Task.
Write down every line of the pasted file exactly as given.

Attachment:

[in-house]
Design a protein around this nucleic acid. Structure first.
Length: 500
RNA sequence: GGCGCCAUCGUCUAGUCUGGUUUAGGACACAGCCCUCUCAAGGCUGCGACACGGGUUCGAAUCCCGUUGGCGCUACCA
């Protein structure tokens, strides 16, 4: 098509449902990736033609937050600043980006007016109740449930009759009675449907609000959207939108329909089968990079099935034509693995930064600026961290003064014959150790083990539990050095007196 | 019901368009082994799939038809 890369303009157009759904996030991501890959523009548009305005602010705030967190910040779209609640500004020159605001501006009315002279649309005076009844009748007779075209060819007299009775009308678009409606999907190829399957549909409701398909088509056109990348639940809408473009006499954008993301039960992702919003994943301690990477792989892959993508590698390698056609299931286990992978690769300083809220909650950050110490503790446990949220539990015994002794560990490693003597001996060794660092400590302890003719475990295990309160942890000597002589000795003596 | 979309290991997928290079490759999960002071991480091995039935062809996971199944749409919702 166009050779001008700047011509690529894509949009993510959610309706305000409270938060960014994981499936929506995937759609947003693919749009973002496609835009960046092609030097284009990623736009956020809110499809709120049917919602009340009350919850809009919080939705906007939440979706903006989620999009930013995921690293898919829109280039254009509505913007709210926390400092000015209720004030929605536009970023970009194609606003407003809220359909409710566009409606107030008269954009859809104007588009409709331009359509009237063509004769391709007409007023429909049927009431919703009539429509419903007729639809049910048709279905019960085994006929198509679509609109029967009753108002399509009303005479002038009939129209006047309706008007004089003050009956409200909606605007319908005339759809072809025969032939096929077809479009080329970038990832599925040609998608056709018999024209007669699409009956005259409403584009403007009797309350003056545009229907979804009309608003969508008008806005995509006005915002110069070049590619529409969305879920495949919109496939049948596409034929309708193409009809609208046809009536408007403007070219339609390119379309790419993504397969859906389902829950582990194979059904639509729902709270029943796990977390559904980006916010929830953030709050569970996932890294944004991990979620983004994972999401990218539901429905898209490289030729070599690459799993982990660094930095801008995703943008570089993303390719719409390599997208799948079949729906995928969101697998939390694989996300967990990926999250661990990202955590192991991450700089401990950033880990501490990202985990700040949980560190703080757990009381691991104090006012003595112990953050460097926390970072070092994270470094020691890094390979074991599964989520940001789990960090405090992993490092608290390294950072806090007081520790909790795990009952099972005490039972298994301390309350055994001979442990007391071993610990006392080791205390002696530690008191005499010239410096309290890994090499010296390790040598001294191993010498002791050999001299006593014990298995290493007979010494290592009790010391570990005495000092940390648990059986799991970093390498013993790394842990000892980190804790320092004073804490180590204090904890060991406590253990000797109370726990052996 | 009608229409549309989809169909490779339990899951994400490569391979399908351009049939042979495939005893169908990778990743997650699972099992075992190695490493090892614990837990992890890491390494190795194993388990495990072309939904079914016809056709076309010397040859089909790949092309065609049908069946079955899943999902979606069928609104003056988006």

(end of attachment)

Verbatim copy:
[in-house]
Design a protein around this nucleic acid. Structure first.
Length: 500
RNA sequence: GGCGCCAUCGUCUAGUCUGGUUUAGGACACAGCCCUCUCAAGGCUGCGACACGGGUUCGAAUCCCGUUGGCGCUACCA
């Protein structure tokens, strides 16, 4: 098509449902990736033609937050600043980006007016109740449930009759009675449907609000959207939108329909089968990079099935034509693995930064600026961290003064014959150790083990539990050095007196 | 019901368009082994799939038809 890369303009157009759904996030991501890959523009548009305005602010705030967190910040779209609640500004020159605001501006009315002279649309005076009844009748007779075209060819007299009775009308678009409606999907190829399957549909409701398909088509056109990348639940809408473009006499954008993301039960992702919003994943301690990477792989892959993508590698390698056609299931286990992978690769300083809220909650950050110490503790446990949220539990015994002794560990490693003597001996060794660092400590302890003719475990295990309160942890000597002589000795003596 | 979309290991997928290079490759999960002071991480091995039935062809996971199944749409919702 166009050779001008700047011509690529894509949009993510959610309706305000409270938060960014994981499936929506995937759609947003693919749009973002496609835009960046092609030097284009990623736009956020809110499809709120049917919602009340009350919850809009919080939705906007939440979706903006989620999009930013995921690293898919829109280039254009509505913007709210926390400092000015209720004030929605536009970023970009194609606003407003809220359909409710566009409606107030008269954009859809104007588009409709331009359509009237063509004769391709007409007023429909049927009431919703009539429509419903007729639809049910048709279905019960085994006929198509679509609109029967009753108002399509009303005479002038009939129209006047309706008007004089003050009956409200909606605007319908005339759809072809025969032939096929077809479009080329970038990832599925040609998608056709018999024209007669699409009956005259409403584009403007009797309350003056545009229907979804009309608003969508008008806005995509006005915002110069070049590619529409969305879920495949919109496939049948596409034929309708193409009809609208046809009536408007403007070219339609390119379309790419993504397969859906389902829950582990194979059904639509729902709270029943796990977390559904980006916010929830953030709050569970996932890294944004991990979620983004994972999401990218539901429905898209490289030729070599690459799993982990660094930095801008995703943008570089993303390719719409390599997208799948079949729906995928969101697998939390694989996300967990990926999250661990990202955590192991991450700089401990950033880990501490990202985990700040949980560190703080757990009381691991104090006012003595112990953050460097926390970072070092994270470094020691890094390979074991599964989520940001789990960090405090992993490092608290390294950072806090007081520790909790795990009952099972005490039972298994301390309350055994001979442990007391071993610990006392080791205390002696530690008191005499010239410096309290890994090499010296390790040598001294191993010498002791050999001299006593014990298995290493007979010494290592009790010391570990005495000092940390648990059986799991970093390498013993790394842990000892980190804790320092004073804490180590204090904890060991406590253990000797109370726990052996 | 009608229409549309989809169909490779339990899951994400490569391979399908351009049939042979495939005893169908990778990743997650699972099992075992190695490493090892614990837990992890890491390494190795194993388990495990072309939904079914016809056709076309010397040859089909790949092309065609049908069946079955899943999902979606069928609104003056988006």